I have a bad feeling about this. In the long run, I don’t think it is in the interest of Lebanese Christians to be a part of Hezbollah, they should oppose Israel through different means and create their own resistance groups.
I suggest they should oppose Israel alongside Hezbollah in times of armed conflict, but to incorporate themselves with Hezbollah may later be regretted.
In a scenario where Hezbollah forms government, i have concerns for the treatment of Lebanese Christians and the safeguarding of their rights. If Lebanese Christians are to face socio-political/economic hostility in such an environment, they’ll feel betrayed and regret having been part of Hezbollah’s recruits, and such feelings may lead to even worse and bitter rivalries than we’re witnessing now.
Thanks for your comments, LDU. I understand your caution, but recall that Christian groups, namely Aoun and the FPM, have already allied with Hezbollah. The Lebanese opposition (internally) is now cross-denominational and should Hezbollah form government, I have no reason at all at this moment to think that Christian rights would not be safeguarded or that the environment would be hostile—the Aoun-Nasrallah pact has fostered very cordial relations. Are your concerns based on anything in particular?
For the opposition to succeed, it has to be as unified as possible and have significant appeal to non-Shia denominations. It is in Hezbollah’s best interests to protect non-Shia rights, this goes to the heart of the plural Lebanese identity.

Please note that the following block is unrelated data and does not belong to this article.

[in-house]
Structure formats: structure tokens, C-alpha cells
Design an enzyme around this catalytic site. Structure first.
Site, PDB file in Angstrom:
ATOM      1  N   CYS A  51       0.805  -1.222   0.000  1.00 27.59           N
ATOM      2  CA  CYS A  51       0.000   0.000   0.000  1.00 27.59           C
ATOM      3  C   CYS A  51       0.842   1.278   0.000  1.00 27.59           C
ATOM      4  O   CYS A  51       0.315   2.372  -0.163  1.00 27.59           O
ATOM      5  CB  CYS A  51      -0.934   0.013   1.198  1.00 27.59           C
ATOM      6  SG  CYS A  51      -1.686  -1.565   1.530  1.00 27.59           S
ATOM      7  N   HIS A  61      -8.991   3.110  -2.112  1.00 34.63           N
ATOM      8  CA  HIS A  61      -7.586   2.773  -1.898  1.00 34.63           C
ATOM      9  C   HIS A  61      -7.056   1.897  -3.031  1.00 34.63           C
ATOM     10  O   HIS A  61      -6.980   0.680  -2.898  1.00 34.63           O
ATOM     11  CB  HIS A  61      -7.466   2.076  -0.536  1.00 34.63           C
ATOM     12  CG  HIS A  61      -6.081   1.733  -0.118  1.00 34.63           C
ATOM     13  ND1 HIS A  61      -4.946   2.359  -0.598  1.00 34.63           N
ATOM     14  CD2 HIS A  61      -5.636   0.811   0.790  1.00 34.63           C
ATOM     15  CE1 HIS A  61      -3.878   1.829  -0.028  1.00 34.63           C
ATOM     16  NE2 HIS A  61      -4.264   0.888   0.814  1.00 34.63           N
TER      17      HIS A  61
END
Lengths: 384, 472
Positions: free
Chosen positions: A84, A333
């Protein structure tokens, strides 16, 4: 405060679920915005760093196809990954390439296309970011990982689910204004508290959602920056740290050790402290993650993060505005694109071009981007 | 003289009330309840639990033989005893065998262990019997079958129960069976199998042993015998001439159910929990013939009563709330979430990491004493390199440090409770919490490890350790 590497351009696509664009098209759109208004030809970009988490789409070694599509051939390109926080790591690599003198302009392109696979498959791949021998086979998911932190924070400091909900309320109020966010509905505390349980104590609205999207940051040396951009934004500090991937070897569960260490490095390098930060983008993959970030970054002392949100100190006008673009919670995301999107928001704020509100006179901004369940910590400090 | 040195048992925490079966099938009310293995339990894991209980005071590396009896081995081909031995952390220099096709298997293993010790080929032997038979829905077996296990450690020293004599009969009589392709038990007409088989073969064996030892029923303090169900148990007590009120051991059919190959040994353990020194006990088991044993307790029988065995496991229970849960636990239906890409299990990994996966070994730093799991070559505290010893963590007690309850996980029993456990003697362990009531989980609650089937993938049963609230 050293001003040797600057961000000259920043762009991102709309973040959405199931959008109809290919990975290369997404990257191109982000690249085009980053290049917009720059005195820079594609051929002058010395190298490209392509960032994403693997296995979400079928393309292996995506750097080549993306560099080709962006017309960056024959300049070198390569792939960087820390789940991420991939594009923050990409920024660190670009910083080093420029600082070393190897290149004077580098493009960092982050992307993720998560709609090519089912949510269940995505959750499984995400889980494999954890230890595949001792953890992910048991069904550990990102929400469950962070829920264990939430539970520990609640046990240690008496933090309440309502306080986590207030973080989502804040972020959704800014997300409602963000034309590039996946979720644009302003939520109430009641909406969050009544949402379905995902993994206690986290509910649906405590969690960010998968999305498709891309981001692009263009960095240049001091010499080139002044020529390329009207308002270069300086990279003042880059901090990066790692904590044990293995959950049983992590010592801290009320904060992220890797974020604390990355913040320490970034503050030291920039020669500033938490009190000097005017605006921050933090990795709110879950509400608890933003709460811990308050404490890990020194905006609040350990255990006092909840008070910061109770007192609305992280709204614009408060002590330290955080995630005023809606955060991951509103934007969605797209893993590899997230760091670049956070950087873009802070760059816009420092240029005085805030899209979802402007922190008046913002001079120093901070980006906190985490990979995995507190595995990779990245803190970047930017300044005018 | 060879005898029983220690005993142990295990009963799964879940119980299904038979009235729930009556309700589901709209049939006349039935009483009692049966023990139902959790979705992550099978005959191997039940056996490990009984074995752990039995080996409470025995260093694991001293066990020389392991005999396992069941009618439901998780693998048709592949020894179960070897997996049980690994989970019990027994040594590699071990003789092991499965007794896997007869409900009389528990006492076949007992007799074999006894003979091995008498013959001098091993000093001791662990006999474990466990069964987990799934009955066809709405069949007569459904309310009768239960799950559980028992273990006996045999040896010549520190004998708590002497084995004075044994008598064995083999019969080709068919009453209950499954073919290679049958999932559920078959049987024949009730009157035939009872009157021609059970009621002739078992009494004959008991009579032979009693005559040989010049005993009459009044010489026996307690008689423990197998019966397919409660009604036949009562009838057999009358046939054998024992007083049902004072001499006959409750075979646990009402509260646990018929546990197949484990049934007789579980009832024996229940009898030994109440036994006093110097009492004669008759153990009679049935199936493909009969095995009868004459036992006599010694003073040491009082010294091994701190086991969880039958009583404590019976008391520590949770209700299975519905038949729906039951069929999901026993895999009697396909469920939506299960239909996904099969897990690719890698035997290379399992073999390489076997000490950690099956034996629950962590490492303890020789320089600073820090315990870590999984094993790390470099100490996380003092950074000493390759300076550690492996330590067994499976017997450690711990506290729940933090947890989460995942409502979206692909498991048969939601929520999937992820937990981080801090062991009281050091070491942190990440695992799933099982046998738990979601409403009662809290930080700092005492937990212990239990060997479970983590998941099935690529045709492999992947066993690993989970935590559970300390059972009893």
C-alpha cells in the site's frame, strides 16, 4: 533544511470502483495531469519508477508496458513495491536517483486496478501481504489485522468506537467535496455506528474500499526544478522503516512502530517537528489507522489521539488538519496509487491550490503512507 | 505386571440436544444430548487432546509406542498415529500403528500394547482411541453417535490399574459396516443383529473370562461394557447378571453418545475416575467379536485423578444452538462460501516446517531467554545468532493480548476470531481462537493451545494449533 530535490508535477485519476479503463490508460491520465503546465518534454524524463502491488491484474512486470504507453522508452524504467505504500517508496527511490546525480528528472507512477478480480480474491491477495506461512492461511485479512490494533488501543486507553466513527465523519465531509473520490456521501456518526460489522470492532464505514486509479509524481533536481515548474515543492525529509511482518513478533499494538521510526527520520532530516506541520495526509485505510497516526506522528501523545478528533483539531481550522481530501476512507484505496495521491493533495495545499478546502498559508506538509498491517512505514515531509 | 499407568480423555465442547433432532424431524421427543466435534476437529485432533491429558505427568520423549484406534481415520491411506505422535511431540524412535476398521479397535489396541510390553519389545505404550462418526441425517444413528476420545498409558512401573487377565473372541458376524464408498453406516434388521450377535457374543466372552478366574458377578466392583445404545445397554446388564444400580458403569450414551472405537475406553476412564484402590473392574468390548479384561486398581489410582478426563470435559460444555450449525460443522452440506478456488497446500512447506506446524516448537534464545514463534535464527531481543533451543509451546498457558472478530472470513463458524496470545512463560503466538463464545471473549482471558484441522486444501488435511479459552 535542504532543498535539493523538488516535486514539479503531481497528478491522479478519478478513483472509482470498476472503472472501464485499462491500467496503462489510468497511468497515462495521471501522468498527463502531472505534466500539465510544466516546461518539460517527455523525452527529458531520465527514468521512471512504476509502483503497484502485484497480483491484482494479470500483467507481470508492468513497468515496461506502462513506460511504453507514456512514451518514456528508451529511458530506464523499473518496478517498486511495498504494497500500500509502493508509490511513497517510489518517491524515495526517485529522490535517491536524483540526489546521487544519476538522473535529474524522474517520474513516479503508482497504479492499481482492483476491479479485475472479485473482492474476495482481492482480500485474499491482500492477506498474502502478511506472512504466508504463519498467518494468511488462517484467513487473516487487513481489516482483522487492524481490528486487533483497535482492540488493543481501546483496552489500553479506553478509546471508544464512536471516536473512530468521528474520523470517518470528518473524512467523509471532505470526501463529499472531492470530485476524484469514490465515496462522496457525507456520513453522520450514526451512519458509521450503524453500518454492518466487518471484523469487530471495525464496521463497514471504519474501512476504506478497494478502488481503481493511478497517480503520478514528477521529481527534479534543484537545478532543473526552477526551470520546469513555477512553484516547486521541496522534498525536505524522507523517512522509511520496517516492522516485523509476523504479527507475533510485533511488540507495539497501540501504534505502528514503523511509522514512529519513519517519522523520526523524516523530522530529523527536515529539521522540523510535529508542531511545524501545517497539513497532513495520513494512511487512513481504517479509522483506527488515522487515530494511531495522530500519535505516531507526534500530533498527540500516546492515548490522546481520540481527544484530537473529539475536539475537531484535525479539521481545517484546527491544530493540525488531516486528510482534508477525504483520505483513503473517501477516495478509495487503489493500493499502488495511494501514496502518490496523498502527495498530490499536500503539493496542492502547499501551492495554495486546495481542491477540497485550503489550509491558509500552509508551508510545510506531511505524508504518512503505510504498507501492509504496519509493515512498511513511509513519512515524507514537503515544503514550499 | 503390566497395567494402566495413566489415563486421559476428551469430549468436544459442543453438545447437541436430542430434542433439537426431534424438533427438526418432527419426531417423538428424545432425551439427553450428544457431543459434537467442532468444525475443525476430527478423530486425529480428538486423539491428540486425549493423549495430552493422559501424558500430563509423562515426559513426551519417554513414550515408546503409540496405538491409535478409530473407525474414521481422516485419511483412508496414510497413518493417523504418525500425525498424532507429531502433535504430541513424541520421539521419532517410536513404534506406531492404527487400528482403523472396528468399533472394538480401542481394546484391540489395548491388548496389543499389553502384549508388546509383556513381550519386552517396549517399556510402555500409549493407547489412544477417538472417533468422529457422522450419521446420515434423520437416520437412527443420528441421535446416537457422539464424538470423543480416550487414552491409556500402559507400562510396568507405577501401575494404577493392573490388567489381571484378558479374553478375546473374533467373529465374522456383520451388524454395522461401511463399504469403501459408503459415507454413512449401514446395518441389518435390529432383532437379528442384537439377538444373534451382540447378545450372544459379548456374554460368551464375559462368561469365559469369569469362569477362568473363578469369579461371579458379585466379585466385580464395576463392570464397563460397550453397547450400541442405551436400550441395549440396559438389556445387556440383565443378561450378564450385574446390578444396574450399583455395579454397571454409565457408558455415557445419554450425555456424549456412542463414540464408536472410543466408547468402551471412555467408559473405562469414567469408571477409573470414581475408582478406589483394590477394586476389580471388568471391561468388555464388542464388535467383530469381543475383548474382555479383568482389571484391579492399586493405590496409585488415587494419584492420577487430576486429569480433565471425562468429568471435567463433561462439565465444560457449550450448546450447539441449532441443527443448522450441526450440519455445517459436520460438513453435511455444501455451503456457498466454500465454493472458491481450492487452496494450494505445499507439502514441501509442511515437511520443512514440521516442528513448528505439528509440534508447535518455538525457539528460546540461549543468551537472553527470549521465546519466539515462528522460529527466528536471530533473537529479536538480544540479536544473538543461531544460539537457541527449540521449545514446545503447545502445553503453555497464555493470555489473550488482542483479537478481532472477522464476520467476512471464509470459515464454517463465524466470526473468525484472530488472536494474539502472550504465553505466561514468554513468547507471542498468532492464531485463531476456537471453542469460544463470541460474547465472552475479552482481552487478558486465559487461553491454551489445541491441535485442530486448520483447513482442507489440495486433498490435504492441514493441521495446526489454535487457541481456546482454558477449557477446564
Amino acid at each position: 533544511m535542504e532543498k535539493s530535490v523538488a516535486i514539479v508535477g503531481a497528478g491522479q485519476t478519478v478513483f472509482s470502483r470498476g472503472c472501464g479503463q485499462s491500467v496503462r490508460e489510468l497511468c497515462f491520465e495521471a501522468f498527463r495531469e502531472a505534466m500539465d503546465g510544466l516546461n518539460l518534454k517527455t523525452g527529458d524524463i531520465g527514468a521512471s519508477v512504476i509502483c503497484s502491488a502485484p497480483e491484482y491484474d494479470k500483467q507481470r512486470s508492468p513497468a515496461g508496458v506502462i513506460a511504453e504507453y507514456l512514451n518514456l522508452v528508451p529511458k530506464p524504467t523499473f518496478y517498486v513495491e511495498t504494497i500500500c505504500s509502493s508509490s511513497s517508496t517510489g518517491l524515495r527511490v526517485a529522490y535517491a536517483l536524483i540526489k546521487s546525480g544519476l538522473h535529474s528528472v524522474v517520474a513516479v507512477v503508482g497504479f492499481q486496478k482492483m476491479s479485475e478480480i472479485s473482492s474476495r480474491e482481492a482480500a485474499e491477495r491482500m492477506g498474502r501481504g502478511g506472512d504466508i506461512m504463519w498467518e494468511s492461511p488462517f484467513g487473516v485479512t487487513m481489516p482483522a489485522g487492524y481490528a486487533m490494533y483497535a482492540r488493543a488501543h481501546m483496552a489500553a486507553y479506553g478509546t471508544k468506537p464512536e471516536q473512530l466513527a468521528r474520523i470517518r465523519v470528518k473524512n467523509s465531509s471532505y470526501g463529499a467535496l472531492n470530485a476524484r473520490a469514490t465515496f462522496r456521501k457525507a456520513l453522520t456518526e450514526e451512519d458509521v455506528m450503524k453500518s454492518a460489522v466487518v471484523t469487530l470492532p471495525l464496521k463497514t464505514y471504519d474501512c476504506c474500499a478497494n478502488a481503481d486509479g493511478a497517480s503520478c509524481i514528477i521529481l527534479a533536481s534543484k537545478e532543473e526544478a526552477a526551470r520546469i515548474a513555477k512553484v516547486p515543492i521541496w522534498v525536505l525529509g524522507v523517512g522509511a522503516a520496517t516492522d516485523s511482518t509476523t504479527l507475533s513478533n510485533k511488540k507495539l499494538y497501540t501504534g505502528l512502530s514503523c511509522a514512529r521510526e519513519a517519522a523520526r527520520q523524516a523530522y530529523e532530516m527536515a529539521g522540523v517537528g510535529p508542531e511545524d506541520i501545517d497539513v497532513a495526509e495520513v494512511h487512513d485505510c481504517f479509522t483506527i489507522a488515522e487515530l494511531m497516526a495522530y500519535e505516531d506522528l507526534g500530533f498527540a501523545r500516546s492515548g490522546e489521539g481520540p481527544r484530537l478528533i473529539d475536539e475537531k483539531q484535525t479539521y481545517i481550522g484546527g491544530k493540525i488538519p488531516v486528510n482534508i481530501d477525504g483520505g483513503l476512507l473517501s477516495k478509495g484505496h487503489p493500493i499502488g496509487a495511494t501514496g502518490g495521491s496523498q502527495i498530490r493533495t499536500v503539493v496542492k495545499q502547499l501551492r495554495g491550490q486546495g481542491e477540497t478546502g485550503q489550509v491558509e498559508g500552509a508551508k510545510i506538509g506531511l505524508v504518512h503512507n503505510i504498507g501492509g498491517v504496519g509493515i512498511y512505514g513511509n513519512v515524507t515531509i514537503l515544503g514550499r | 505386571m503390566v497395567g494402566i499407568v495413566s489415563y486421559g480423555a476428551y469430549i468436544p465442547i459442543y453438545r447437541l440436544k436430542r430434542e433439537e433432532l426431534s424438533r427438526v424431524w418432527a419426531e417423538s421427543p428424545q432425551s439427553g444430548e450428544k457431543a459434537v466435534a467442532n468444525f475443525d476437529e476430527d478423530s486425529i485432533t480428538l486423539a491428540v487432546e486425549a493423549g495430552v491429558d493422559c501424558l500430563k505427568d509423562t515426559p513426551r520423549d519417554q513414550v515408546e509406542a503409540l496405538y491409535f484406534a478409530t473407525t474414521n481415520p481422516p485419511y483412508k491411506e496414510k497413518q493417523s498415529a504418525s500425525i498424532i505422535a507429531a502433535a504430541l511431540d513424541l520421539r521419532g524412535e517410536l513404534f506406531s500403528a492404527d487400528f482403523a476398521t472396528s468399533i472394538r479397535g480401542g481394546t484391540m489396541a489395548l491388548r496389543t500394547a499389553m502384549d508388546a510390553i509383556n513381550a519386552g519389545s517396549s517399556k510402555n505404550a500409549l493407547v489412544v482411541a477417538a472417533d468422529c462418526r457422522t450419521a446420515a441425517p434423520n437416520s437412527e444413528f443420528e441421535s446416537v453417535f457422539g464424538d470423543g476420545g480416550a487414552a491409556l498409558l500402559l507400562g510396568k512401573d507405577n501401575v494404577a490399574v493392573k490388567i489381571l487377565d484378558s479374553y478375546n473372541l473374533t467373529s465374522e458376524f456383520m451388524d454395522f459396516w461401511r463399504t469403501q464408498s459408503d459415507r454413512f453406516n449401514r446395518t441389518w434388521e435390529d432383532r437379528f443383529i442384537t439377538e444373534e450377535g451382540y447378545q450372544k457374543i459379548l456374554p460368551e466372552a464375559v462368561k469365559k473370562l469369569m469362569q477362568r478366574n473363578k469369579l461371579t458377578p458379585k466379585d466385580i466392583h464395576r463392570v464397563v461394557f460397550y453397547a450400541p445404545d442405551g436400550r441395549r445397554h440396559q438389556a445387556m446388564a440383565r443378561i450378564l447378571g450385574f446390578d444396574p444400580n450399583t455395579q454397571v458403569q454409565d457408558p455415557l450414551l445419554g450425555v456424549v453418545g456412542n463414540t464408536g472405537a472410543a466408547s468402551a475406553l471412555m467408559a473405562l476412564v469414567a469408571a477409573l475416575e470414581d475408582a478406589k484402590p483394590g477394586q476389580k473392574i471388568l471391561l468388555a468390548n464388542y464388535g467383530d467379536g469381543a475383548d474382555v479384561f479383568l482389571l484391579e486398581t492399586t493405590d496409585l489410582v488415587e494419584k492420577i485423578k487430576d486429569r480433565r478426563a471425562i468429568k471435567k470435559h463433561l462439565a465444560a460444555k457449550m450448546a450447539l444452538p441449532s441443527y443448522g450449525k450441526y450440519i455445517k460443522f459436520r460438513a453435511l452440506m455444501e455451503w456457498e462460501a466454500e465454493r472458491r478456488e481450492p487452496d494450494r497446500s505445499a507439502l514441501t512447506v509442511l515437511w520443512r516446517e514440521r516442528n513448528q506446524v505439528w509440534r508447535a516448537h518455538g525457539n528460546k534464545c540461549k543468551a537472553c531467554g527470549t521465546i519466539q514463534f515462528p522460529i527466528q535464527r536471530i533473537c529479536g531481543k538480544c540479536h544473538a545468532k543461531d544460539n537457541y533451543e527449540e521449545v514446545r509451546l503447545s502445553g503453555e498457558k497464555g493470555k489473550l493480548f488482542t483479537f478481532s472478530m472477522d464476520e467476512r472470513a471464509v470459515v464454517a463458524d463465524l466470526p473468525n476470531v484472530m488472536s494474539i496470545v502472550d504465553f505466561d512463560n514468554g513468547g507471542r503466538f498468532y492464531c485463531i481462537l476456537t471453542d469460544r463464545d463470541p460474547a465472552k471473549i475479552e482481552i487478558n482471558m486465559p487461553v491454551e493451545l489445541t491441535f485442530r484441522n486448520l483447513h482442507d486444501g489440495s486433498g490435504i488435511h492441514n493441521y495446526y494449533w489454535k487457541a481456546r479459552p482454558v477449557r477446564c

Sectarian loyalties are already being blurred slowly, with fault lines occuring along political rather than religious lines. Does this development not have potential to advance the process of national non-sectarian based interests further?
My concerns are based on observations on the general status of Christians in the Middle East, in my opinion they tend to have the end of the stick nowadays.
Shia militia’s violence against Iraqi Christians has increased exponentially since the fall of Saddam Hussein. Christians aren’t too well off in Egypt either. And if Palestine’s dwindling Christian population indicates anything – it’s that they’re being mistreated, and that may be due to Bethlehem’s increasing Muslim population.
I’d assume that a regime change in Syria will also be against the interests of Christians.
I may be way off the target thinking Lebanese Christians will regret their alliance with Hezbollah, but it’s just a feeling.
Like him or not, Nasrallah is a man of virtue. True, Hizballah’s raison d’etre—in addition to the resistance to the Israeli occupation—is the welfare of the historically downtrodden Shia community of Lebanon; still, one can not deny his consistent, principled dedication to the defense of all those who cannot defend themselves. For that reason, I admire the man as much as any other foreign (me being a U.S. citizen) political leader. Another man of high principles is Hamas’ Haniyeh, though he is virtually powerless over things in the IOPTs. I also admire this blog; the contents of which provide excellent study material for my in-progress essay focusing on the historical use of the UN as a tool for the raping of Lebanon at the behest of Israel and the USA. Be well and fight the good fight.
Hi DT and thanks very much for your comment. I agree also about Haniyeh’s personal integrity from what I’ve gleaned from several sources such as this one that describes how Haniyeh insists upon living in one of the poorest areas of east Gaza City and takes a salary at about a third of what he was offered.
Best wishes with your essay and your studies and please do visit again.